In Hannon, we held that the simultaneous prosecution of the defendant for pattern sexual assault and for a single act of sexual assault did not violate the Double Jeopardy Clause of the Federal Constitution. Id. at 715. In reaching this conclusion, we cited State v. Fortier, 146 N.H. 784, 791 (2001), in which we explained that the pattern statute criminalizes a continuing course of sexual assaults, not isolated instances. Hannon, 151 N.H. at 714. A jury need not be unanimous on the underlying acts comprising the pattern offense, but need only unanimously agree that the defendant engaged in more than one act of sexual assault as defined in RSA 632-A:2 and:3 provided that they find the requisite number of acts occurred during the statutory time period. Fortier, 146 N.H. at 791. In this case, there was evidence of multiple sexual assaults at different locations during the five-year period alleged in the indictments. Under Fortier, if the jury in this case found that the defendant had committed two or more assaults during the charged time frame, it would not necessarily have unanimously agreed that he committed the same acts or that one of the acts comprising the pattern was the one charged in the "single act" indictment. Consequently, the State's evidence of the "pattern" offense would not necessarily sustain a conviction on the "single act" charge. See Hannon, 151 N.H. at 714. Moreover, because the "pattern" offense requires proof of two or more sexual assaults, evidence of the "single act" charge alone could not sustain a conviction for the "pattern" offense. See id. Accordingly, we conclude that the defendant's right to be free from double jeopardy under the Federal Constitution was not violated.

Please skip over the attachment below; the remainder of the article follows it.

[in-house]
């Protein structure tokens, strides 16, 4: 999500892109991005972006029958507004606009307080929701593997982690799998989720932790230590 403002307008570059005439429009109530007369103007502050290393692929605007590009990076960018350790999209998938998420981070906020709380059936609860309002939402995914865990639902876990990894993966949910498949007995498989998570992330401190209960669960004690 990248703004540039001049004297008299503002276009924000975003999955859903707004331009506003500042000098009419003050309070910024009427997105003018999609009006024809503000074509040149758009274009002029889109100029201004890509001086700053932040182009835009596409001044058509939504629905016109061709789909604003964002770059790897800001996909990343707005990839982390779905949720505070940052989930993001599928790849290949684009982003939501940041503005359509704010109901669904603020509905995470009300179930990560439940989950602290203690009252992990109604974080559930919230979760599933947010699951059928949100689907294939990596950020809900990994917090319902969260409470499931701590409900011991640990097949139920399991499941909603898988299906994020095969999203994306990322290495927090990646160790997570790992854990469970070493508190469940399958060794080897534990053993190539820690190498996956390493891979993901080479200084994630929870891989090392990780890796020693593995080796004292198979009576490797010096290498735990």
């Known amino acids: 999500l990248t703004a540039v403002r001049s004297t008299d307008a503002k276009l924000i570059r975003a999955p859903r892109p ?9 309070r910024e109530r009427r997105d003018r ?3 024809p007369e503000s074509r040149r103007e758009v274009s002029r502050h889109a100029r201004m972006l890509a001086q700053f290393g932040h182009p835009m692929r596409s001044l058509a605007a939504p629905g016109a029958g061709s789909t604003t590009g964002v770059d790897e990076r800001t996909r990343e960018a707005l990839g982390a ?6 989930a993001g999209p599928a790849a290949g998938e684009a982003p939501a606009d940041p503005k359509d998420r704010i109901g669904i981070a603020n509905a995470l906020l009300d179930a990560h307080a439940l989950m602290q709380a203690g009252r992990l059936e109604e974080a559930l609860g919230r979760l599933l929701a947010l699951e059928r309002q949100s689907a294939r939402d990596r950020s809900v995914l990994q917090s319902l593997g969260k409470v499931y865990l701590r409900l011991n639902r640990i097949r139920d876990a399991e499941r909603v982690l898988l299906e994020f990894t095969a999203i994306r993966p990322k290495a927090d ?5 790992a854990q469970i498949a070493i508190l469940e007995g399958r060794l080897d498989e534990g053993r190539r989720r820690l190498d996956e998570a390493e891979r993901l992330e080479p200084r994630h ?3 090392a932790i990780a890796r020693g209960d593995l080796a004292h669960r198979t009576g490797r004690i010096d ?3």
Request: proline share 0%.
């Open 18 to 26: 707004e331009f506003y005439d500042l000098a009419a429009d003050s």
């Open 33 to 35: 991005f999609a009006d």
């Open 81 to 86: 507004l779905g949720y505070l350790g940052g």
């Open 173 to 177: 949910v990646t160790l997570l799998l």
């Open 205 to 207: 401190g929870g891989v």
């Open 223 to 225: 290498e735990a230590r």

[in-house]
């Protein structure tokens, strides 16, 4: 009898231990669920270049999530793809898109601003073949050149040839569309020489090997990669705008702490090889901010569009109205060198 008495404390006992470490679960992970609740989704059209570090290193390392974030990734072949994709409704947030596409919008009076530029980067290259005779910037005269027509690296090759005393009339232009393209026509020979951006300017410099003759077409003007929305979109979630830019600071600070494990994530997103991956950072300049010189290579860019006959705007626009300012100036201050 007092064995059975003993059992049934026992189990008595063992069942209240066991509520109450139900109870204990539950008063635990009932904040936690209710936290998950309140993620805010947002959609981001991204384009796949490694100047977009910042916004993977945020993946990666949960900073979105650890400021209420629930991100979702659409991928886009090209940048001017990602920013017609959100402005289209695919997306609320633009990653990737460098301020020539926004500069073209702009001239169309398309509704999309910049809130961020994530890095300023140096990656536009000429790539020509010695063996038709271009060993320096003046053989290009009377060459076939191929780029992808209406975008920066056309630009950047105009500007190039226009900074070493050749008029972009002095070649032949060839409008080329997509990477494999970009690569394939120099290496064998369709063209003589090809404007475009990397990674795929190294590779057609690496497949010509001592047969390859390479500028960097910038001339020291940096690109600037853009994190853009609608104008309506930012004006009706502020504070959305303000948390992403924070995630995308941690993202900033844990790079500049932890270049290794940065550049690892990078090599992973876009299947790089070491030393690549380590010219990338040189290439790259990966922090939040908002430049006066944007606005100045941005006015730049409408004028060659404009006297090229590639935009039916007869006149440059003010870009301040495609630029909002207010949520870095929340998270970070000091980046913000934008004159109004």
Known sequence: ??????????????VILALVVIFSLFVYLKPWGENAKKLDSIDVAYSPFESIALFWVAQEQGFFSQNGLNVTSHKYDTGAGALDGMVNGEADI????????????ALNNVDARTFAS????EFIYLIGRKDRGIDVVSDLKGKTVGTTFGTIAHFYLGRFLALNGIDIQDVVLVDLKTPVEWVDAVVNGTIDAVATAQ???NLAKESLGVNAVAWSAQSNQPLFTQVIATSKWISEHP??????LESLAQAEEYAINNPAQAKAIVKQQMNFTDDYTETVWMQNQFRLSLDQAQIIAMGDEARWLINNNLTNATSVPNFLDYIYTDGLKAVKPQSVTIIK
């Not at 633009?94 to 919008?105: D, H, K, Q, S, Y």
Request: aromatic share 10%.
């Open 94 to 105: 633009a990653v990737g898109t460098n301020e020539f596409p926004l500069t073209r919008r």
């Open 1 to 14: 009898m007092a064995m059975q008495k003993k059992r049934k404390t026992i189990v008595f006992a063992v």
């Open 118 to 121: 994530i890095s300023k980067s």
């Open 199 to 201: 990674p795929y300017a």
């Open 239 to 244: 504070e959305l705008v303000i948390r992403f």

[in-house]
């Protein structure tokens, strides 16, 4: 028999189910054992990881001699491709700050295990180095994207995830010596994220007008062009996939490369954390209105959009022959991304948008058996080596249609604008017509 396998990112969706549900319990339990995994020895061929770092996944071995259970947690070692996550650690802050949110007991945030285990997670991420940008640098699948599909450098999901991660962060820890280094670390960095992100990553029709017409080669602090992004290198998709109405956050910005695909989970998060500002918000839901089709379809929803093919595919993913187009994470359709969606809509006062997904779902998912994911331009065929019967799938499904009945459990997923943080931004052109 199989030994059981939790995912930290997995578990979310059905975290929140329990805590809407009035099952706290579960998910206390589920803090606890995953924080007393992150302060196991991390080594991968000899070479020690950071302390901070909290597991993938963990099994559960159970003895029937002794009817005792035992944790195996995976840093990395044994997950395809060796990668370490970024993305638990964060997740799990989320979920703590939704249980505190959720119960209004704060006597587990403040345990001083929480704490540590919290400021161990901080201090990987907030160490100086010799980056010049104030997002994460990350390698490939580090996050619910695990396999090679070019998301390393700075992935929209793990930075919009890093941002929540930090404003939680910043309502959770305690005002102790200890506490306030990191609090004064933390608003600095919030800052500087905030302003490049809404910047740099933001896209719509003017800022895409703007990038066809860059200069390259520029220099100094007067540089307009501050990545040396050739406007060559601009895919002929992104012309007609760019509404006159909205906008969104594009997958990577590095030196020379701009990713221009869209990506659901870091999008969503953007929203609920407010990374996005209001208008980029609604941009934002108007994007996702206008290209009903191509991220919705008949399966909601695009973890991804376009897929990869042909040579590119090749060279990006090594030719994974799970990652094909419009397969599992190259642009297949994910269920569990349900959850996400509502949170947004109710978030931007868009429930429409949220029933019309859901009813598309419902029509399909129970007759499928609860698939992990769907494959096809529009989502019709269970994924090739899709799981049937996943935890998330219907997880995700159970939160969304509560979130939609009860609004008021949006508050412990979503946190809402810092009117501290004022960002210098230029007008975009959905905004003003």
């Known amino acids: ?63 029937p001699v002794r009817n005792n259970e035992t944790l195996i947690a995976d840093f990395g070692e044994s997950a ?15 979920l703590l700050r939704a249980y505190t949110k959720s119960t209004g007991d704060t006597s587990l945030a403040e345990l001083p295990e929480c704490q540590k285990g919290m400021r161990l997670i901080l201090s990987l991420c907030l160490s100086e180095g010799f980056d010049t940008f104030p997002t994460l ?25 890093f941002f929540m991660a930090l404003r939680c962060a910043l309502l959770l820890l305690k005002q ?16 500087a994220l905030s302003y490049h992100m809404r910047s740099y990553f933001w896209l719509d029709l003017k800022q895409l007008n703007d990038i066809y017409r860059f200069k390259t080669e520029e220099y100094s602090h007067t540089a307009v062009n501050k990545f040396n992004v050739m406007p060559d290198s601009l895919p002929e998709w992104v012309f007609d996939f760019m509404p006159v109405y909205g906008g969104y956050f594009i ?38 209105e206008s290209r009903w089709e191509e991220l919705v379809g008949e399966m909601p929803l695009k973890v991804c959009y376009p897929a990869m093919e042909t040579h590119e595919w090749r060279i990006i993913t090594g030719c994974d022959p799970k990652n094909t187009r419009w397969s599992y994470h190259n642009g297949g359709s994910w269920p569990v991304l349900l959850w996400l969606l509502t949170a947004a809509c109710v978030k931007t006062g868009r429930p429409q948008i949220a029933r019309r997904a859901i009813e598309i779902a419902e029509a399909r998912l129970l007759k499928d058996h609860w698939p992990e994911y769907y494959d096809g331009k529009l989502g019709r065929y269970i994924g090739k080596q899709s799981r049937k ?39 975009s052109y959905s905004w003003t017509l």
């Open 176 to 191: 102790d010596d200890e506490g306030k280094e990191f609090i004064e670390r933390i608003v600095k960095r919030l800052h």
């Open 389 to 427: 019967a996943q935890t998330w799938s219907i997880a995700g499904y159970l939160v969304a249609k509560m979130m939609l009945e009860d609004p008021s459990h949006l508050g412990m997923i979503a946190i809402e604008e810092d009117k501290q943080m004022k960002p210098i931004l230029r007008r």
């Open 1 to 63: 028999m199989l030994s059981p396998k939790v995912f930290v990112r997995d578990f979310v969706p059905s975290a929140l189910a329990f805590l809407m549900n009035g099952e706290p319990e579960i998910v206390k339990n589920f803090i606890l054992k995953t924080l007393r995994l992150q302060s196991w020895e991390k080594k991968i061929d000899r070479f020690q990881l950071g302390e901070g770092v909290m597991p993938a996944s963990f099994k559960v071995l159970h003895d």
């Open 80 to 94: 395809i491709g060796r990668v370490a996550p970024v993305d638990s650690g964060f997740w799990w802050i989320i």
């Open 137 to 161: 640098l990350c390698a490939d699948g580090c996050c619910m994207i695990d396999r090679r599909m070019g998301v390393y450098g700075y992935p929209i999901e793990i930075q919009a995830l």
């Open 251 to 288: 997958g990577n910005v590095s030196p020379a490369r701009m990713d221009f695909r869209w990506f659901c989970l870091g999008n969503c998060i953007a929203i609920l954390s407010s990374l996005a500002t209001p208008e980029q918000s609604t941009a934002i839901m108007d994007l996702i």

The defendant also argues that the prosecutor's comments in his closing argument constituted misconduct. He concedes that his counsel did not object to the remarks at trial but asks that we review his argument under our plain error rule. See Sup. Ct. R. 16-A. Although the plain error rule allows us to consider arguments not brought to the attention of the trial court, we limit its use to those circumstances in which a miscarriage of justice would otherwise result. State v. Ortiz, 162 N.H. 585, 590 (2011).
In examining claims of prosecutorial misconduct during closing argument, we are asked to balance the prosecutor's broad license to fashion argument with the need to ensure that a defendant's rights are not compromised in the process. State v. Scognamiglio, 150 N.H. 534, 537 (2004). A prosecutor is granted great latitude in closing argument both to summarize the evidence and to urge the jury to draw inferences of guilt from the evidence. Id. at 538.
In support of his contention, the defendant cites the following two emphasized excerpts from the State's closing argument: